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Kindle 3: Better Accessibility, But Still Not Perfect

Improved accessibility features on the new Kindle 3 electronic book reader will help vision-impaired users, but do not yet go far enough to make the device fully accessible, a leading analyst said this month.

The Kindle 3, developed by the online retailer Amazon, features a display with improved contrast and an audible menu facility, ‘Voice Guide’, enabling users to select an e-book using sound and activate the device’s text-to-speech ‘Read to Me’ feature. The Kindle 3 also features a display with 50% improved contrast between the text and background, improving the readability of text for partially sighted users.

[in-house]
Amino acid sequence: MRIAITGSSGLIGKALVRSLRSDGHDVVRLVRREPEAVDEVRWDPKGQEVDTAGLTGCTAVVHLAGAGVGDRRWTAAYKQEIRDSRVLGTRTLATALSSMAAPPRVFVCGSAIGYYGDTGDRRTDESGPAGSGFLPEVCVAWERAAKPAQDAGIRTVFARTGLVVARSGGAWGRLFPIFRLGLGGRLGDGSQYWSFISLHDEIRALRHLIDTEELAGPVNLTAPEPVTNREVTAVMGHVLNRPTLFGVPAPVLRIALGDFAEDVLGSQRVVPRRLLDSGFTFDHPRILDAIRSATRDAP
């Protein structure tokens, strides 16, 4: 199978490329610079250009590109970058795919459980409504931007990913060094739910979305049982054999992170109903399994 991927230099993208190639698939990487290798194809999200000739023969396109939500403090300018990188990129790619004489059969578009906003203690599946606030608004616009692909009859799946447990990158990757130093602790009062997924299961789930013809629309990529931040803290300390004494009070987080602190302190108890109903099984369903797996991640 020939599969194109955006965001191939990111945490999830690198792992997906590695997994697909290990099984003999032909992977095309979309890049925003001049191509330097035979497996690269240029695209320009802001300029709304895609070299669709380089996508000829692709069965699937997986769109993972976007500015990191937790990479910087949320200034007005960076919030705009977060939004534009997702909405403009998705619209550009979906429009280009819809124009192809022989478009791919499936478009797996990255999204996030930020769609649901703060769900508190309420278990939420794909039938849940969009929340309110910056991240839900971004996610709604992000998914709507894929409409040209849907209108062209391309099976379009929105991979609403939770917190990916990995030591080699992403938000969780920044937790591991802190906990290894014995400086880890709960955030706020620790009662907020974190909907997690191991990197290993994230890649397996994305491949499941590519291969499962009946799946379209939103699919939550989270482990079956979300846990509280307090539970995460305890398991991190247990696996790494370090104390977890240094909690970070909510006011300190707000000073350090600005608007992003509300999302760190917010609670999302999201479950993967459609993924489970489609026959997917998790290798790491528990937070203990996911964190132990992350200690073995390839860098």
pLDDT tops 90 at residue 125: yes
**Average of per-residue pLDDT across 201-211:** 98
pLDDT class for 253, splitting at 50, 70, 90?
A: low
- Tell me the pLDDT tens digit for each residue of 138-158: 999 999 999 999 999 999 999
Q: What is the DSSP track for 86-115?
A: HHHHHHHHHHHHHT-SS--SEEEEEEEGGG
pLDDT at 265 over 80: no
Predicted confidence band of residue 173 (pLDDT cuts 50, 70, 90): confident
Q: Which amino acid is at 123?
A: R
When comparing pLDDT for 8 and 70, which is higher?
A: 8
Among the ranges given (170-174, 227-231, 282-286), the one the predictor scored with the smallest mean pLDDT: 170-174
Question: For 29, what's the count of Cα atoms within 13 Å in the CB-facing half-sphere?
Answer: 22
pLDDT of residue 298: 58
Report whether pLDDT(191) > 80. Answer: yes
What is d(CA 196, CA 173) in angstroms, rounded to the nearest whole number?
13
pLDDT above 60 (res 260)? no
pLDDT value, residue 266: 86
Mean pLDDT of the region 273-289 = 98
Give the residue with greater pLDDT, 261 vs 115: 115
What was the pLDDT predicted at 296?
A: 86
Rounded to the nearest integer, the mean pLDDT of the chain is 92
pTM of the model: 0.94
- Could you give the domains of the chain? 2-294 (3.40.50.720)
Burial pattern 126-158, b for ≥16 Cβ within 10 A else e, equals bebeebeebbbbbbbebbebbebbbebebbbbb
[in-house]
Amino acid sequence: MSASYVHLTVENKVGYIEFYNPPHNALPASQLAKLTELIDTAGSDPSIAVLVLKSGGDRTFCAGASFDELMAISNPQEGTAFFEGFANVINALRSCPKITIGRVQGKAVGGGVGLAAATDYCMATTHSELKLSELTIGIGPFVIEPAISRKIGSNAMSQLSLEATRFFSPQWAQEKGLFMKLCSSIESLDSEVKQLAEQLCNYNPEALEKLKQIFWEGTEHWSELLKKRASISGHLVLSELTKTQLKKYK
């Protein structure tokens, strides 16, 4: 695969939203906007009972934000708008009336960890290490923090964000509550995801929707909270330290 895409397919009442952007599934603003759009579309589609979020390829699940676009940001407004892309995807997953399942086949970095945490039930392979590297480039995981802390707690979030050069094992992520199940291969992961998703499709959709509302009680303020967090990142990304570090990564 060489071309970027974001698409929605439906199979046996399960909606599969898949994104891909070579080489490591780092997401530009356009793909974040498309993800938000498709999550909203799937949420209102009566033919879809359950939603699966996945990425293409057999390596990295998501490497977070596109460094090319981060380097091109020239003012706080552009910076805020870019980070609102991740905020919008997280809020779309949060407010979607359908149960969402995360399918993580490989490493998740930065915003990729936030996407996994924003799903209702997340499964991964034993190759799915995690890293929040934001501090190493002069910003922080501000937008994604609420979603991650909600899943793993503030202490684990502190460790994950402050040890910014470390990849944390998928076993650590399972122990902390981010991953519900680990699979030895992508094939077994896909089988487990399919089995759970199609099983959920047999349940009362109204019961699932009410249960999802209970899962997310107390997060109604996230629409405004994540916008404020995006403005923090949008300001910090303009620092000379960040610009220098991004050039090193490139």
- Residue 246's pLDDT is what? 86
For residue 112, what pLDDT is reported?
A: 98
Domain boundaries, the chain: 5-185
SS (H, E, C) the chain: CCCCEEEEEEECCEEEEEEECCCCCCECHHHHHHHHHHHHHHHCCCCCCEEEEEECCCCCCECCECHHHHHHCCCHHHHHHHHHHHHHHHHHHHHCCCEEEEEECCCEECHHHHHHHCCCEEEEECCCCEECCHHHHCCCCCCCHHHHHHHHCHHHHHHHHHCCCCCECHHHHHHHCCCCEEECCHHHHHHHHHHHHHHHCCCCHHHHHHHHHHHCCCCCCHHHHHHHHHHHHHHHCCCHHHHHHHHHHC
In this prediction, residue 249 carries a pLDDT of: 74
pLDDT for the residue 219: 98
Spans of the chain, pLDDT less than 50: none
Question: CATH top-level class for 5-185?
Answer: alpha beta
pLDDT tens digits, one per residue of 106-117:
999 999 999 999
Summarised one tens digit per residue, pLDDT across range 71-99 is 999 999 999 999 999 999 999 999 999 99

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Association To Set UK Digital Format Standards

The new UK Association for Accessible Formats ( UKAAF:
http://www.ukaaf.org/ ) is to set national standards next year for accessibility of digital formats such as electronic books and synthesised speech, E-Access Bulletin has learned.

The association, a charity formed last year, refined its work programme for the next two years at its annual general meeting in London earlier this month.
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Electronic Books: The Right to Borrow

By Guy Whitehouse.

One of the last pieces of legislation passed earlier this year by the UK’s outgoing Labour government was the Digital Economy Act 2010, which, among other things, extended the Public Lending Right to audiobooks and ebooks in libraries.